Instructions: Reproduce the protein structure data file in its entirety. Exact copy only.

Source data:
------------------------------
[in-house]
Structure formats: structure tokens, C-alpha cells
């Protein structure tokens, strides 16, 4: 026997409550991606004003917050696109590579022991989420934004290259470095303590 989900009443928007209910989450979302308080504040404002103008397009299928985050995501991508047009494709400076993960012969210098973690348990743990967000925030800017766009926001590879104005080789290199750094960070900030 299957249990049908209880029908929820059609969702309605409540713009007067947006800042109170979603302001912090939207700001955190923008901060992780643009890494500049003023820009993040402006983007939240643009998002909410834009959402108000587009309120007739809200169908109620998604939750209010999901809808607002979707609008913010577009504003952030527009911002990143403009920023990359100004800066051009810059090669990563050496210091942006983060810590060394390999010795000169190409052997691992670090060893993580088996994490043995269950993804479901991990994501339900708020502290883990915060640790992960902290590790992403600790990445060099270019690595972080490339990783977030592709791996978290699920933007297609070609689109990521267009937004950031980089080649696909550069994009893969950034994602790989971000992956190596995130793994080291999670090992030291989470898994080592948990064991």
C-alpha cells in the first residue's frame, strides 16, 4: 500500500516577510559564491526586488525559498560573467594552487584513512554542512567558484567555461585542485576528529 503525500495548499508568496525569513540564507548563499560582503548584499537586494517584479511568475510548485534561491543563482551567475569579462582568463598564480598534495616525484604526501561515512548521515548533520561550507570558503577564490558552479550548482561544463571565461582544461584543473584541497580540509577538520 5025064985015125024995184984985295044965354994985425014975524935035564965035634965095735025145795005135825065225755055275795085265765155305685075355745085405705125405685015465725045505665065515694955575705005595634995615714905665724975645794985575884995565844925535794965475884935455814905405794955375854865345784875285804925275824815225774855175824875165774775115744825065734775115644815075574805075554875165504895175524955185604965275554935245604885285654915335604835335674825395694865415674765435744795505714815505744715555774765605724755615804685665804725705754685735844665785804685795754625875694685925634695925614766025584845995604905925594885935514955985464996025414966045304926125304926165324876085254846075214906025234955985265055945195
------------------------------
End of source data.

[in-house]
Structure formats: structure tokens, C-alpha cells
């Protein structure tokens, strides 16, 4: 026997409550991606004003917050696109590579022991989420934004290259470095303590 989900009443928007209910989450979302308080504040404002103008397009299928985050995501991508047009494709400076993960012969210098973690348990743990967000925030800017766009926001590879104005080789290199750094960070900030 299957249990049908209880029908929820059609969702309605409540713009007067947006800042109170979603302001912090939207700001955190923008901060992780643009890494500049003023820009993040402006983007939240643009998002909410834009959402108000587009309120007739809200169908109620998604939750209010999901809808607002979707609008913010577009504003952030527009911002990143403009920023990359100004800066051009810059090669990563050496210091942006983060810590060394390999010795000169190409052997691992670090060893993580088996994490043995269950993804479901991990994501339900708020502290883990915060640790992960902290590790992403600790990445060099270019690595972080490339990783977030592709791996978290699920933007297609070609689109990521267009937004950031980089080649696909550069994009893969950034994602790989971000992956190596995130793994080291999670090992030291989470898994080592948990064991």
C-alpha cells in the first residue's frame, strides 16, 4: 500500500516577510559564491526586488525559498560573467594552487584513512554542512567558484567555461585542485576528529 503525500495548499508568496525569513540564507548563499560582503548584499537586494517584479511568475510548485534561491543563482551567475569579462582568463598564480598534495616525484604526501561515512548521515548533520561550507570558503577564490558552479550548482561544463571565461582544461584543473584541497580540509577538520 5025064985015125024995184984985295044965354994985425014975524935035564965035634965095735025145795005135825065225755055275795085265765155305685075355745085405705125405685015465725045505665065515694955575705005595634995615714905665724975645794985575884995565844925535794965475884935455814905405794955375854865345784875285804925275824815225774855175824875165774775115744825065734775115644815075574805075554875165504895175524955185604965275554935245604885285654915335604835335674825395694865415674765435744795505714815505744715555774765605724755615804685665804725705754685735844665785804685795754625875694685925634695925614766025584845995604905925594885935514955985464996025414966045304926125304926165324876085254846075214906025234955985265055945195